Home > opinion > Horrible trailers of ‘Kyaa Kool Hai Hum 3’ and ‘Mastizaade’

If you thought the days of “Sarkailo Khatiya" and “Gutur Gutur" and “Dhak Dhak Karne Laga" are behind us, think again. Something far worse is going to be unleashed on Indian cinemas soon. It seems to be the age of sex comedies. No this is nothing like the Carry On series, although I have managed to find some commonalities between the two. Just so you know exactly what Hindi cinema’s answer to sex comedies entails. On Tuesday, Pritish Nandy—erstwhile journalist and editor of repute and current day Bergman—tweeted about a song from his new magnum opus, Mastizaade. The song’s name was “Hor Naach"! Yes, read that out loudly and you’ll realize why the exclamation mark is justified.

Mastizaade’s trailer has been released at the same time as that of another film from the same genre (if you can call it that). The second film is from the house of Ekta Kapoor and is called Kyaa Kool Hai Hum 3. Yes, it’s part of a trilogy. Just like Lord Of The Rings, only instead of Tolkien, someone called Milap Zaveri is writing it.

Now I’m not easily shocked. After all, I watch reality TV for a living and have lived through the films of the 1980s and 1990s which had actors like Aamir Khan pretending to rape Madhuri Dixit in Dil, thereby making her fall in love with him. Or Amitabh Bachchan warming up a frozen and unconscious Meenakshi Sheshadri in Gangaa Jamuna Saraswati by indulging in what can only be called rape—because he has sex with her while she’s unconscious. Through the 1990s, I also saw various actors and actresses thrust their groins and heaving bosoms into each other’s faces as cinematic courtship rituals.

But none of this prepared me for what was unleashed on my senses by the trailers of Mastizaade and Kyaa Kool Hai Hum 3. Since I refuse to share the links for the trailers on aesthetic grounds—let me synopsize. Comedian Vir Das (who it seems will do anything to get his foot in the door of Bollywood) and thespian Tusshar Kapoor play Sunny Lele and Aditya Chotia who are sex addicts. Riteish Deshmukh is a Love Guru and Sunny Leone is in a double role playing “twin sex bombs". There are various scenes of thrusting breasts, masturbation and enactments of the most puerile sex jokes from Whatsapp groups. Most memorably, there’s a scene in which the two main “actors" seem to be sodomising a donkey.

In Kyaa Kool Hai Hum 3, “India’s first porn-com", Aftab Shivadasani and Tusshar Kapoor (yes, he’s acting in both films) play pornstars. There’re a bevy of actors and actresses with them, in various states of undress who make far from funny sexual jokes and gesticulate with their body parts through the trailer. The same actress Gisele is in both the films—along with other Bigg Boss contestants who I have the pleasure of recognizing since I’ve been reviewing Bigg Boss forever. The tag line of Kyaa Kool Hai Hum 3 is “Porn is coming home." There’s no bestiality in this film, because it restricts itself to only making fun of mutes and gays.

The director of Mastizaade, Zaveri is also the dialogue writer for Kyaa Kool Hai Hum 3. Mastizaade’s trailer has 2,880,907 views and Kyaa Kool Hai Hum 3’s trailer has 14,249,425 views. I must admit, shamefacedly, that I have contributed to at least five of those views.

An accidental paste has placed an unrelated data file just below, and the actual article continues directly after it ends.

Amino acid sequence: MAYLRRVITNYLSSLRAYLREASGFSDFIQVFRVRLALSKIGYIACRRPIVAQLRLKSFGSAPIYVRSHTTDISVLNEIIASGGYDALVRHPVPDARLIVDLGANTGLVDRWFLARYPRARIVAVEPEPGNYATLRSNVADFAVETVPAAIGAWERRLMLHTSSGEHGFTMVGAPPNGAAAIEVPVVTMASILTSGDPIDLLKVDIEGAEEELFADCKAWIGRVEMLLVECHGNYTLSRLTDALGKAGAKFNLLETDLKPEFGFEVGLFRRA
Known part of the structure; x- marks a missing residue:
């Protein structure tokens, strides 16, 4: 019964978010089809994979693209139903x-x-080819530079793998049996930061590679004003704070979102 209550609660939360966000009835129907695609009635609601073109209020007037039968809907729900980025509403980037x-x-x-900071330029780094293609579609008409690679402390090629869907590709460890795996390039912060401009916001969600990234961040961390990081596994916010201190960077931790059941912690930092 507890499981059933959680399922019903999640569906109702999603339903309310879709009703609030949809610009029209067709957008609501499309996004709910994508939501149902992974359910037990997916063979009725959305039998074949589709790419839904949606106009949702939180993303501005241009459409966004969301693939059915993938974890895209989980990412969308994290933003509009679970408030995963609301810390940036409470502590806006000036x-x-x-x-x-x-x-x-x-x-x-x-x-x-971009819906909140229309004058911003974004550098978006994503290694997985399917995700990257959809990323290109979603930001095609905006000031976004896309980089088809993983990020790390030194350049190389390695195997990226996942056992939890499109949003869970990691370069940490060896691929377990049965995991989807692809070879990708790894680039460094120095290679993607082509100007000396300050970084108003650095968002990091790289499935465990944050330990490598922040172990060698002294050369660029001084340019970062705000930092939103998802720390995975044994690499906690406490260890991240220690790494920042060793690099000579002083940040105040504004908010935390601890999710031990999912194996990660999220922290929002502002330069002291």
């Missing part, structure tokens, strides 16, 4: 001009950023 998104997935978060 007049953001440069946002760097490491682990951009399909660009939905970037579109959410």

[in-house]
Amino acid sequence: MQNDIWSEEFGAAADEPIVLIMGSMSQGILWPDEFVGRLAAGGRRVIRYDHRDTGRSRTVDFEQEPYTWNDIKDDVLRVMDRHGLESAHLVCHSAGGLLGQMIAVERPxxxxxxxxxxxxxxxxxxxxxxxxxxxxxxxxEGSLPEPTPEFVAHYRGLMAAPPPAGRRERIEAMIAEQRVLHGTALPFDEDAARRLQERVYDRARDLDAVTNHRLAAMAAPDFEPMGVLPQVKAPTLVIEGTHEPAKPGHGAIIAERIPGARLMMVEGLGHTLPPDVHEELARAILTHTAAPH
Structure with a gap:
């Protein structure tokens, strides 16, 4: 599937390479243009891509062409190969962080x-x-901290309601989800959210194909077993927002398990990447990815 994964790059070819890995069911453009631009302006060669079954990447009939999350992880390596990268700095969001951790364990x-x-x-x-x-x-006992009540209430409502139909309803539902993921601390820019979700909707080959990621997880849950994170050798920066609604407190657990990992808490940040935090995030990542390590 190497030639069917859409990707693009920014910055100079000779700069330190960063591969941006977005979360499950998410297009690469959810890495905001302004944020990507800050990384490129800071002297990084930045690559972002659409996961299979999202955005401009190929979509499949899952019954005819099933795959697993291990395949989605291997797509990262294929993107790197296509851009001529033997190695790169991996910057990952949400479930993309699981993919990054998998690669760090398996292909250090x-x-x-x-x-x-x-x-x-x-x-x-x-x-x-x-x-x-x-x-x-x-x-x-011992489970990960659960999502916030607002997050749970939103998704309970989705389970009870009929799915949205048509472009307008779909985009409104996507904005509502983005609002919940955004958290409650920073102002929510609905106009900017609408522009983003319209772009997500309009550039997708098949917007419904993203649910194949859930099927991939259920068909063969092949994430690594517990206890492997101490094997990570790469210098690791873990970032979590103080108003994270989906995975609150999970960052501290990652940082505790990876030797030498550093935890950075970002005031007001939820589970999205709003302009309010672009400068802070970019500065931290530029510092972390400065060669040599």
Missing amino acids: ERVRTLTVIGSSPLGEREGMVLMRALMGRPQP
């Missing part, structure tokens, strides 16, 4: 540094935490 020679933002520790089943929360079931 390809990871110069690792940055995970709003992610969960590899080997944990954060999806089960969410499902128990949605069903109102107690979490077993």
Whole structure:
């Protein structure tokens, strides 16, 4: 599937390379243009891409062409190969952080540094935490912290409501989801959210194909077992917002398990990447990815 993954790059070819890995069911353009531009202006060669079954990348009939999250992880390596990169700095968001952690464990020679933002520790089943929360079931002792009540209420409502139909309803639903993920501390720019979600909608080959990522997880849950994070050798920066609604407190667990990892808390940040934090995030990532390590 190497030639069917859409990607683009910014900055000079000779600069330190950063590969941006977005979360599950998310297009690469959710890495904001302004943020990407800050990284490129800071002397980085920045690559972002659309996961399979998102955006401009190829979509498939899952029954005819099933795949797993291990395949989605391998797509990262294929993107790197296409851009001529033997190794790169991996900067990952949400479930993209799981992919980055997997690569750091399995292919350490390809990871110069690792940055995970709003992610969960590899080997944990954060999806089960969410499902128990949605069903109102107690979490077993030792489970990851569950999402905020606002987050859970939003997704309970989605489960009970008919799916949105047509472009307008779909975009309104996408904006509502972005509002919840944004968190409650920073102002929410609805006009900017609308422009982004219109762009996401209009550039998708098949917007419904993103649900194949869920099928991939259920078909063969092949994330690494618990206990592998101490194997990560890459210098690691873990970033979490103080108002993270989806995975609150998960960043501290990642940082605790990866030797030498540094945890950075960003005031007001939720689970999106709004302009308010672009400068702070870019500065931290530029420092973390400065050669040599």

Now I’m all for politically incorrect, risqué and even borderline slapstick films and shows such as Dirty Rotten Scoundrels, Ted, Austin Powers, Family Guy, South Park and Delhi Belly. These films and shows make fun of everyone—men, women, gays, heterosexuals, amputees, the mentally challenged, all ethnicities, poor and rich alike—but they at least have more than their fair share of intelligence and humour.

The same cannot be said for these two trailers. I know I’m giving them too much credit, but they are like the poor man’s version of the Carry On series. The Carry On films which were churned out in an assembly line manner from 1958 to 1992 used the same actors, risqué humour laced with innuendoes and were made on a tight budget. Only difference? The Carry On comedies were made almost half a century back. At that time, these films were pushing the envelope. Now they just seem infantile, although far more superior to either Kyaa Kool Hai Hum 3 or Mastizaade because they have more than a modicum of humour. It’s as if Ekta Kapoor and Pritish Nandy have gone back in time, becoming the missing link we’ve been looking for.

What I have discovered after subjecting myself to the two trailers is that Tusshar Kapoor has finally found his niche. Sunny Leone, who I’m usually mighty impressed by for how she’s given herself a career and image makeover, hasn’t really managed to totally get out of her niche. Also, while Pahlaj NIhalani doesn’t think audiences can survive hearing the word “rakhail", or what seemed to be 90% of the dialogues of Angry Indian Goddesses ,or watch Daniel Craig kiss Monica Bellucci or Ranbir Kapoor kiss Deepika Padukone without wanting to ravage the next human being we see, he doesn’t seem to be very disturbed by the overt objectification of women, random homophobia and bestiality which these trailers seem to be reveling in.

These films are not just lewd, they are in terribly bad taste. I honestly don’t blame the actors for acting in them—some of them are desperate for roles and for some others it’s their first film. But what excuse do Pritish Nandy and Ekta Kapoor have for making this tripe? Absolutely none. The things we do for the love of lucre.

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